Upstaged: Russia

Upstaged: Russia

By NellFrizzellIdeasTap 31/05/11

From Uncle Vanya and Anna Karenina to Three Sisters and The Government Inspector, there’s something of the Russian revolution about our current theatre season...

Russia smells of chemical toilets.

Now, before you all start attacking me with Premier League football teams and ovulating sturgeons, let me explain. And by “explain” I mean “blame someone else”.

When I went to Russia, in 2001, the air steward told me that all passengers on flights from Russia smell of chemicals. She also told me that all passengers on flights from England smell of meat and that passengers on flights from France smell of cigarettes. So, you know, if you’ve got a problem, go tell it to British Airways.

Anyway, nasal stereotypes aside, Russia is having what the fashion world would call a “moment” right now. While 2011 is purportedly the anniversary year of Terence Rattigan, a quick skim through the current theatre listings tells a far more Slavic story.

Filter’s new show Silence, at the Hampstead Theatre, was a starkly-staged exploration of Anglo-Russian relations, from the boardroom to the bedroom and beyond. Through flashbacks – always a slightly tricky thing to pull off on stage – music and the conceit of documentary making, the show manages to capture snippets of Russian life from Soviet surliness through the rave scene of the 90s right up to today’s hotel-hopping luxury.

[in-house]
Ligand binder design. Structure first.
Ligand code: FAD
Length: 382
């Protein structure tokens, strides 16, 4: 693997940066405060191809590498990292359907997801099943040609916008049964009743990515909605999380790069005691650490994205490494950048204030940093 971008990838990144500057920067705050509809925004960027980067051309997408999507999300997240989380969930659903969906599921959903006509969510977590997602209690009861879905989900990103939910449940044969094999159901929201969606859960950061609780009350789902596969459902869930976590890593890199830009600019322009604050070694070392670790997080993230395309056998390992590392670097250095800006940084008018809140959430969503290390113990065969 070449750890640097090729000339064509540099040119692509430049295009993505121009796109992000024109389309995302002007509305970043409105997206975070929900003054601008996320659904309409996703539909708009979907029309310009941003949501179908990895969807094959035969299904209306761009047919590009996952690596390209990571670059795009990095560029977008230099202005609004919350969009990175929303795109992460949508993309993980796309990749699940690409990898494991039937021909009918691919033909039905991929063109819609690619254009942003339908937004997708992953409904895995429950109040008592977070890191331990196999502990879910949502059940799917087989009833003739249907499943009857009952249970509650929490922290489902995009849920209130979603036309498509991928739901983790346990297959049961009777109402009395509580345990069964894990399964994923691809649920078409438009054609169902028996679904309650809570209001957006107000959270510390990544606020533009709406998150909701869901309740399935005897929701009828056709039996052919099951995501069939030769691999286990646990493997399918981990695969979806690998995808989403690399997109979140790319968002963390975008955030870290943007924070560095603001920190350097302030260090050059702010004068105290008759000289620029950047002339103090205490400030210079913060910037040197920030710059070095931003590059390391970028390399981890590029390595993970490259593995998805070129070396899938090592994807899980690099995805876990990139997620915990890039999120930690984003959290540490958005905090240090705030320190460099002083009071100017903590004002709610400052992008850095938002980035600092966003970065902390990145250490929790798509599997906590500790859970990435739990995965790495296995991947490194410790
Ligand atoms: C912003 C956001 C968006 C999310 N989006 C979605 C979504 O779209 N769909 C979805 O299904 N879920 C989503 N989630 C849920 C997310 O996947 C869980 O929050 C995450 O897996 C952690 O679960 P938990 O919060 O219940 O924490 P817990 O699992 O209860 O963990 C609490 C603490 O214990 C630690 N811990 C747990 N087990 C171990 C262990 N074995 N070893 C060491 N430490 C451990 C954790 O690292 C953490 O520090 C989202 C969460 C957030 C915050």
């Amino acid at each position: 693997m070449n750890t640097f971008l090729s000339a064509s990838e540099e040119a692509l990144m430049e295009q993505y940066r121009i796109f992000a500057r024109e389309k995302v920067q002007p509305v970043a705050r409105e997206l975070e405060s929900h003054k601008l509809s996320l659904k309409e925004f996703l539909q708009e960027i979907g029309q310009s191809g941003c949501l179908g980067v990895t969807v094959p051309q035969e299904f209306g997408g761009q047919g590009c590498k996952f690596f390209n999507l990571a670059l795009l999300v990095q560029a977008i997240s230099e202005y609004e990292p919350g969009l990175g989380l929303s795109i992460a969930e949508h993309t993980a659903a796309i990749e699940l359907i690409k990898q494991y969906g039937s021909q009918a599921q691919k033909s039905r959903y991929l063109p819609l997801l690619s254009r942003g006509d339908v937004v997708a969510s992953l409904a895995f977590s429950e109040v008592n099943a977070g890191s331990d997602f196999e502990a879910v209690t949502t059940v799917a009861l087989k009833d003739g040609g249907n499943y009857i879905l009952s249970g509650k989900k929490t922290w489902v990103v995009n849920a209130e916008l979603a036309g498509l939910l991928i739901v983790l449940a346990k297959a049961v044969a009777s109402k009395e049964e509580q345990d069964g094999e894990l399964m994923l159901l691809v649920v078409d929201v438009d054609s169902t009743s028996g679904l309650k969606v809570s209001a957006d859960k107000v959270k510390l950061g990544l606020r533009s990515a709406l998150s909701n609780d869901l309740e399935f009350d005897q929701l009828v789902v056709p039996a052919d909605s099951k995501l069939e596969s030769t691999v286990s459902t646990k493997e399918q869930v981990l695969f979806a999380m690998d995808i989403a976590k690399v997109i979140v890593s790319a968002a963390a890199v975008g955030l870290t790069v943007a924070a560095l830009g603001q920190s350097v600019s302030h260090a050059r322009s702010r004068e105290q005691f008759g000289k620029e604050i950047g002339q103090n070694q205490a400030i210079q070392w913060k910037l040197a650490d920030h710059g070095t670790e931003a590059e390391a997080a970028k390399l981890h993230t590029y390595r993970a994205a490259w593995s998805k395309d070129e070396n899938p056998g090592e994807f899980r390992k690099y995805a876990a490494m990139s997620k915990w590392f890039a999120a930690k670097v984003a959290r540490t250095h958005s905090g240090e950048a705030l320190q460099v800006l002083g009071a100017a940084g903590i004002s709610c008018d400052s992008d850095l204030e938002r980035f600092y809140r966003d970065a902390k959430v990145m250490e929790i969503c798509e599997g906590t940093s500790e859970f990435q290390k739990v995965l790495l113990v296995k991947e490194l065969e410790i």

Meanwhile, at the Arcola, Helena Kaut-Howson’s production of Uncle Vanya is gathering design award nominations like new lipsticks gather filth. Perhaps in this era of – excuse me while I smother a yawn – superinjunctions, the story of an ageing celebrity and his young wife’s escape to the country hits a nosy nerve.

It was also at the Arcola, just two months ago, that I watched Max Webster’s strange dance-inflected production of the literary leviathan that is Anna Karenina. You can say what you like about turn-of-the-century Russian writers (because they’re dead and you’re probably not saying it in Russian anyway) but you certainly get plenty of pages per pound. 

But unlike good hummus and ironic shell-suits, theatre’s current love of all things Russian isn’t solely a North London phenomenon. Nottingham’s Theatre Royal opens on 8 June with a production of Chekhov’s Three Sisters. I know, I know, putting on Chekhov is hardly unheard of, but this time the Prozorov play is being performed by Cheek by Jowl’s Russian ensemble. To paraphrase the great tracksuit maker FUBU, this is theatre For Russians, By Russians.

Meanwhile, back in the capital, The Young Vic is hosting what that cunning linguist Nabokov called “The greatest Russian comedy”: The Government Inspector. Now, I would pay £17.50 to watch Julian Barratt trim his toenails, so the chance to see him wrap his laughing pipes around this bureaucratic farce is rather splendid indeed.

While making generalisations about Russian theatre is about as fruitful as trying to sum up English literature, I can’t help but notice that many of these plays speak of a harsh country, frozen by long winters, threatened by a dissatisfied population, divided by wealth and poised between the industrial and the bureaucratic. A country, in short, that speaks volumes to modern Britain.

So, crack open the caviar, pour out a little vodka for your lost proletariat and enjoy a summer of all things Russian this year. Although maybe we can skip the eau de chemical toilet.

 

 

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Illustration by Narcsville.

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